What is sustainability?

It emphasizes the long-term use of natural and socioeconomic resources without depleting their availability for the future.

How it affects decisions: As more people realize that immediate changes are needed to mitigate the impact of a warming climate, investment parameters have expanded from purely financial returns to encompass positive environmental and societal impact, says Jasmine Duan, senior investment strategist at RBC Wealth Management in Asia.

What is impact investing?

It involves investing in companies and projects that intentionally seek to generate a measurable positive social or environmental impact alongside traditional financial risk and return.

How it affects decisions: “Impact investing has a philanthropic element,” says Metcalf. “You should be able to say, ‘By investing, I have caused something to happen that wouldn’t otherwise have occurred.’” This is challenging to achieve in public markets, therefore, the bulk of impact investing tends to happen through private equity, venture capital or funding startups.

What is a carbon footprint?

This is the total amount of greenhouse gas generated by the actions of individuals or organizations. Greenhouse gases can be emitted through things such as energy use, paper consumption, travel, the production and consumption of food and waste generation. As greenhouse gas emissions blanket the Earth, they trap the sun’s heat which results in global warming and climate change. Warmer temperatures over time lead to changing weather patterns, disrupting the balance of nature.

How it affects decisions: It’s important to consider what average emissions are at a sector level. Globally, the energy sector accounts for 75 percent of total greenhouse gas emissions while other top contributors include sectors in agriculture, industrial processes and waste. A portfolio seeking to minimize carbon emissions will likely be concentrated in a few select sectors that produce lower emissions.

What are net-zero emissions?

This refers to achieving a balance between the greenhouse gases going into the atmosphere and those being removed from the atmosphere.

How it affects decisions: Achieving net-zero emissions calls for stricter requirements than being carbon neutral, another term within the space. “Many companies are aiming for net-zero, but there’s still a long way to go,” says Duan. Net-zero firms must eliminate emissions without relying on offsetting whereas carbon neutral firms can still emit carbon dioxide and offset it by purchasing carbon credits.

“Claims that a certain portfolio is net-zero should be reviewed closely,” adds Metcalf. For example, such a portfolio might closely follow the Paris Agreement and commit to seven percent year-on-year greenhouse gas emissions reductions. Verify claims against sustainability benchmarks, such as ESG scores or science-based targets.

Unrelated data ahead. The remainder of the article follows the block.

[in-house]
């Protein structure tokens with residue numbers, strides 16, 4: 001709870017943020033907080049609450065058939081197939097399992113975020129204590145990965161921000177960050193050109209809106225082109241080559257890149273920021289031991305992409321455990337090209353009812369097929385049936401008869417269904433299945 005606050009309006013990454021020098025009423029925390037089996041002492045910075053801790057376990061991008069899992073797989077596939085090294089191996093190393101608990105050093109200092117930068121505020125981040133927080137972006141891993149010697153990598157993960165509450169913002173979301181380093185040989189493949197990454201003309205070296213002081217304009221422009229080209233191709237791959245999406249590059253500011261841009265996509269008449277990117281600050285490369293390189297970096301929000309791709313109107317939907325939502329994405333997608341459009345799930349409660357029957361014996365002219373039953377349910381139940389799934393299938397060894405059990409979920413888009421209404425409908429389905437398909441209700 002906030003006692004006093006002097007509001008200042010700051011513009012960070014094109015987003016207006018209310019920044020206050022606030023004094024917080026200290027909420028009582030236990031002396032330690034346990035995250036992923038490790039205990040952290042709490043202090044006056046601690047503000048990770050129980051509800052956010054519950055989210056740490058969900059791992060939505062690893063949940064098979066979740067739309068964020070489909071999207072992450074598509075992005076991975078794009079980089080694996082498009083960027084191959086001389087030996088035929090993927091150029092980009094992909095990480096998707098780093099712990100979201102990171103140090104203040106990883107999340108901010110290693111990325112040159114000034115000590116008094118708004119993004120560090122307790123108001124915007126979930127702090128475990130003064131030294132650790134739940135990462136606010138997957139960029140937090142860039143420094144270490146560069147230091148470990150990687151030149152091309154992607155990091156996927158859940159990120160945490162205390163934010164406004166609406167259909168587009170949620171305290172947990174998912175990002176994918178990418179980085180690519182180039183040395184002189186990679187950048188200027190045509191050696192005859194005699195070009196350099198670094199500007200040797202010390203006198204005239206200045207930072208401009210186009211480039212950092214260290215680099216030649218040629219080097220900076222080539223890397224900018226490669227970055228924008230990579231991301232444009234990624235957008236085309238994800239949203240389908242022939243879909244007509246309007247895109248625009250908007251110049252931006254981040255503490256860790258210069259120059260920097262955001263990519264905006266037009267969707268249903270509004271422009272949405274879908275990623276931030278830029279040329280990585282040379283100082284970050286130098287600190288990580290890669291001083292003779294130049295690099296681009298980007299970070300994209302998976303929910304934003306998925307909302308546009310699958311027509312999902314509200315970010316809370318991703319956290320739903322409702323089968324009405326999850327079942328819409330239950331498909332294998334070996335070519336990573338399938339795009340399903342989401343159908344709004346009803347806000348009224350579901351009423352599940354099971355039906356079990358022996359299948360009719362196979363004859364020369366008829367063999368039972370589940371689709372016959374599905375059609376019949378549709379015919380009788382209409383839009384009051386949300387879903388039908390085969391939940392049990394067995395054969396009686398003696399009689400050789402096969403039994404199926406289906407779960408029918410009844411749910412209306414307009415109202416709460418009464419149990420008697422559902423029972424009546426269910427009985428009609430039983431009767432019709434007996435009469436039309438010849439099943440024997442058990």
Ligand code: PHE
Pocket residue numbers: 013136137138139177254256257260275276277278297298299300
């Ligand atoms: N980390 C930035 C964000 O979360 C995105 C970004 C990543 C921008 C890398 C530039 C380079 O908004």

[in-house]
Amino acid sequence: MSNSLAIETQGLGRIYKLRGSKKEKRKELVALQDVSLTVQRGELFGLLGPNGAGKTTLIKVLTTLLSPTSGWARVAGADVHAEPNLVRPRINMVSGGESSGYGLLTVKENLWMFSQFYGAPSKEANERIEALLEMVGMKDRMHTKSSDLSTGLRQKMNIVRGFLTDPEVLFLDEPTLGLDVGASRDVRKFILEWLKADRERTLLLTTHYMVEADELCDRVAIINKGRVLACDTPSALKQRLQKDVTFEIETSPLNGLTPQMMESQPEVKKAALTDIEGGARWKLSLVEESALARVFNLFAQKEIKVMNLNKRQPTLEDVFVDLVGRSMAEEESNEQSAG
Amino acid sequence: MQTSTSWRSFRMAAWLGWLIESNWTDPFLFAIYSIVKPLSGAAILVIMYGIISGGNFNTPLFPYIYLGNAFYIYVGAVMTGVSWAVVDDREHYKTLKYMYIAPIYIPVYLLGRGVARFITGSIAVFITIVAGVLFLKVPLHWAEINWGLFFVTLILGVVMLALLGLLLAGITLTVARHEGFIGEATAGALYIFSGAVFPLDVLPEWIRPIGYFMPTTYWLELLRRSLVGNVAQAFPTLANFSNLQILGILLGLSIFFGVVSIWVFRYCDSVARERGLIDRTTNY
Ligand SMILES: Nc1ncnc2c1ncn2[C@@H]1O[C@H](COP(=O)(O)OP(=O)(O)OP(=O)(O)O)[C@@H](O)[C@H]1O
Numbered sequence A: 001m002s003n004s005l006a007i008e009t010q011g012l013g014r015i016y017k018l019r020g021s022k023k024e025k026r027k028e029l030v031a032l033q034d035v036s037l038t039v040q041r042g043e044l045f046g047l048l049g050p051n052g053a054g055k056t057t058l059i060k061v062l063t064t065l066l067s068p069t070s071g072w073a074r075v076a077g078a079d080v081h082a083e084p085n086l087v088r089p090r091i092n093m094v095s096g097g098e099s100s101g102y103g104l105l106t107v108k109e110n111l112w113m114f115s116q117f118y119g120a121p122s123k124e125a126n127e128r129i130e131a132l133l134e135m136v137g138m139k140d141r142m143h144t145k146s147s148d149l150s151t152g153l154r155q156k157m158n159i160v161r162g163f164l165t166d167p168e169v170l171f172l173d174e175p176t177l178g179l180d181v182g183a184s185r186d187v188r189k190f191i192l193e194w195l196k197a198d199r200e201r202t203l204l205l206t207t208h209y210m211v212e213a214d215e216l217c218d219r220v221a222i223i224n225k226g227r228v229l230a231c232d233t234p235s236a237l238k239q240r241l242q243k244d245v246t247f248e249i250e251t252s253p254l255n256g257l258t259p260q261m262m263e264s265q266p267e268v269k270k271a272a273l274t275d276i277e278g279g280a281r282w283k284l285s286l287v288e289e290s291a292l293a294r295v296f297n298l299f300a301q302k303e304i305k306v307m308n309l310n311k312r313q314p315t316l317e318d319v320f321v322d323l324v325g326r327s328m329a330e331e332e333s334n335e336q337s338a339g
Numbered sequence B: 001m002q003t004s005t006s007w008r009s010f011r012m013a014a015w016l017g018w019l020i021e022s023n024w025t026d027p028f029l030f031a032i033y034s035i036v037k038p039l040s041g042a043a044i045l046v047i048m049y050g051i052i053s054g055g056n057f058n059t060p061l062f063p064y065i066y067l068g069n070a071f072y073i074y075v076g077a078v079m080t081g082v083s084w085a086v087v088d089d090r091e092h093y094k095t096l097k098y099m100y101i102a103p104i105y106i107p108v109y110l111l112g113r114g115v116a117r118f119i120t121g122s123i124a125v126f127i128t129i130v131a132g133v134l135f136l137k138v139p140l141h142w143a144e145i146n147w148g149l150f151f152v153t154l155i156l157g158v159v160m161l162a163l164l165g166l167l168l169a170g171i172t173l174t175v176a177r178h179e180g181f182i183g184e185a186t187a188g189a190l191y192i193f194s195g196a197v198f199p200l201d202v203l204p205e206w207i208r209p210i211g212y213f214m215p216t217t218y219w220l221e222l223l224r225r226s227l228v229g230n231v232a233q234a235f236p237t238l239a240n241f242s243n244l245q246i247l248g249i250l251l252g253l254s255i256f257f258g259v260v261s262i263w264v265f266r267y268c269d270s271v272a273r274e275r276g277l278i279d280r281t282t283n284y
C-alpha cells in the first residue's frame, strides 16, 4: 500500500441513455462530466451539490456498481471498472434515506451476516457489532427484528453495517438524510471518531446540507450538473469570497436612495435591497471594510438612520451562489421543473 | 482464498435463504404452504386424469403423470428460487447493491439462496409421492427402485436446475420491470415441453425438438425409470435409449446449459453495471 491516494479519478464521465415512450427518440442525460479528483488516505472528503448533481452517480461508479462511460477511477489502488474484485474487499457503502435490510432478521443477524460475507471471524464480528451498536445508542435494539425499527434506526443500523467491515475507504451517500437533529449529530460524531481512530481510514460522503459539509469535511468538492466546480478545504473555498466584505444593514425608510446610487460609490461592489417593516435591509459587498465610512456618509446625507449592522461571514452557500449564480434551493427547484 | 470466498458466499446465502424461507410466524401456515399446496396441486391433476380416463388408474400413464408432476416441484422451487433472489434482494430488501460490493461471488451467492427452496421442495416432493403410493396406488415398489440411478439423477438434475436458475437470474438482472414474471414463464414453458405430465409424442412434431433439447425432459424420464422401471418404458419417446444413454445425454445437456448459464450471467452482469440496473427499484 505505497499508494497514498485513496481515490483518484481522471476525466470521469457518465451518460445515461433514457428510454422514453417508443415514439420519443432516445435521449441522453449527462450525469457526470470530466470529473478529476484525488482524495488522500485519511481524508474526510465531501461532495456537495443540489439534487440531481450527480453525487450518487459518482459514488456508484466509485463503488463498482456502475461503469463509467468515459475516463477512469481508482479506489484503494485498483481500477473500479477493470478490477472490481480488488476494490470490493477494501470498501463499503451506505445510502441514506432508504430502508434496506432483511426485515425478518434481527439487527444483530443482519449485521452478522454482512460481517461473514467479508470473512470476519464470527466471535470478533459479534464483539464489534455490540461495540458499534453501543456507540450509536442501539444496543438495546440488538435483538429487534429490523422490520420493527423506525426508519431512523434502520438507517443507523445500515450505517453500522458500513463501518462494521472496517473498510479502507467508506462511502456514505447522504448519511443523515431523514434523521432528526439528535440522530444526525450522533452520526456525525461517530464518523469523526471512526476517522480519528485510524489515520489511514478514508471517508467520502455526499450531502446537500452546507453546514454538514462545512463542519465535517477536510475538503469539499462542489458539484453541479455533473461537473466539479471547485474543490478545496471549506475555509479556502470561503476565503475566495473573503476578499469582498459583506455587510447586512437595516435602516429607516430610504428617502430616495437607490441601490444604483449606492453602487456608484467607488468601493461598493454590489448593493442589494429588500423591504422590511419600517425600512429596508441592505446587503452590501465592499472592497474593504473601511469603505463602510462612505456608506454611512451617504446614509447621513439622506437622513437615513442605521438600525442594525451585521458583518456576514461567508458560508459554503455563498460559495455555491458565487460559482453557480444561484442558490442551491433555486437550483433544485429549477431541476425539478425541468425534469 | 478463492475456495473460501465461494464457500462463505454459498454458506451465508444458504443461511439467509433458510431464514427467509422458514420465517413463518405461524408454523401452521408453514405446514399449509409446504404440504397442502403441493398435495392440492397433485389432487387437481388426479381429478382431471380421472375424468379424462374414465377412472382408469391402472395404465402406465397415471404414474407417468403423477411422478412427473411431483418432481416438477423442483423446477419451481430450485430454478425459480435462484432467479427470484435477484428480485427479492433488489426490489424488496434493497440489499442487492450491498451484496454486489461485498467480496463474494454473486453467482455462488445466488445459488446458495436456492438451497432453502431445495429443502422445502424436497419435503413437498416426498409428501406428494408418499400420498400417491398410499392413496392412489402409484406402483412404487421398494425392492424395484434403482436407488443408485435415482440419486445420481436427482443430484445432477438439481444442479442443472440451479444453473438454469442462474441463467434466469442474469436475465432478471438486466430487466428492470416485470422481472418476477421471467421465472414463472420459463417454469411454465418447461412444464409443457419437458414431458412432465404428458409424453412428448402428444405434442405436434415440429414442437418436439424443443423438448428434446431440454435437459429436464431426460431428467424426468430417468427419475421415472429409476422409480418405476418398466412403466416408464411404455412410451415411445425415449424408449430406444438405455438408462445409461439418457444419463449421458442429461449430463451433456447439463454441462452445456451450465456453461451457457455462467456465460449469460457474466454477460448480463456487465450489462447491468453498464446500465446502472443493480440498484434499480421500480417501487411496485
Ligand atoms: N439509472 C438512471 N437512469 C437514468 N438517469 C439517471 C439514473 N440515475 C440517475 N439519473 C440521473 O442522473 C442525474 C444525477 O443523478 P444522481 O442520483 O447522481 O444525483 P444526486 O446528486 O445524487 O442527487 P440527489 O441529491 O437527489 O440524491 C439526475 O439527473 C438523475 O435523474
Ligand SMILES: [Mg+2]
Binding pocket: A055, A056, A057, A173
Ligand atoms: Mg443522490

What is greenwashing?

This is the act of conveying an inaccurate impression or misleading information making it seem like an organization’s actions or investments are more beneficial on environmental factors than they really are.

How it affects decisions: “You may detect greenwashing by reading a company’s annual report to determine if it has transparent disclosure on climate goals and progress, and how it’s integrating climate risks and opportunities into its corporate strategy,” Duan says. Analyze the language and look for declarative statements such as “We are” and “We will.”

Determining which strategy fits best

Both Duan and Metcalf say the lack of industry standardization for terminology can create confusion, so the best way to determine the appropriate strategy is to review your financial objectives.

“The first thing to ask is, ‘Do you want to incorporate additional data and choice into your portfolio?’” says Duan.

“Some may prioritize the environment over social impact,” adds Metcalf. “Others may not focus on impact but seek to invest in an ESG-integrated portfolio for the risk-adjusted returns. Matching those risk and value preferences to solutions is important. It’s definitely something to address with your advisor.”

Strategies can also be combined. For example, a portfolio could apply both ESG integration and focusing on a thematic theme through product involvement screening to filter companies.

Wealth managers with the expertise in the responsible investing space – such as those with backgrounds in climate science or environmental studies – also may create a diversified portfolio that isn’t overexposed on a particular sector.

For example, some managers may identify companies that “are considered ‘improvers’ – those that may not be great now but are rapidly improving and investing in new technologies for a more sustainable future and business,” Metcalf says. “As this space continues to evolve, reach out to your advisor for more on responsible investing.”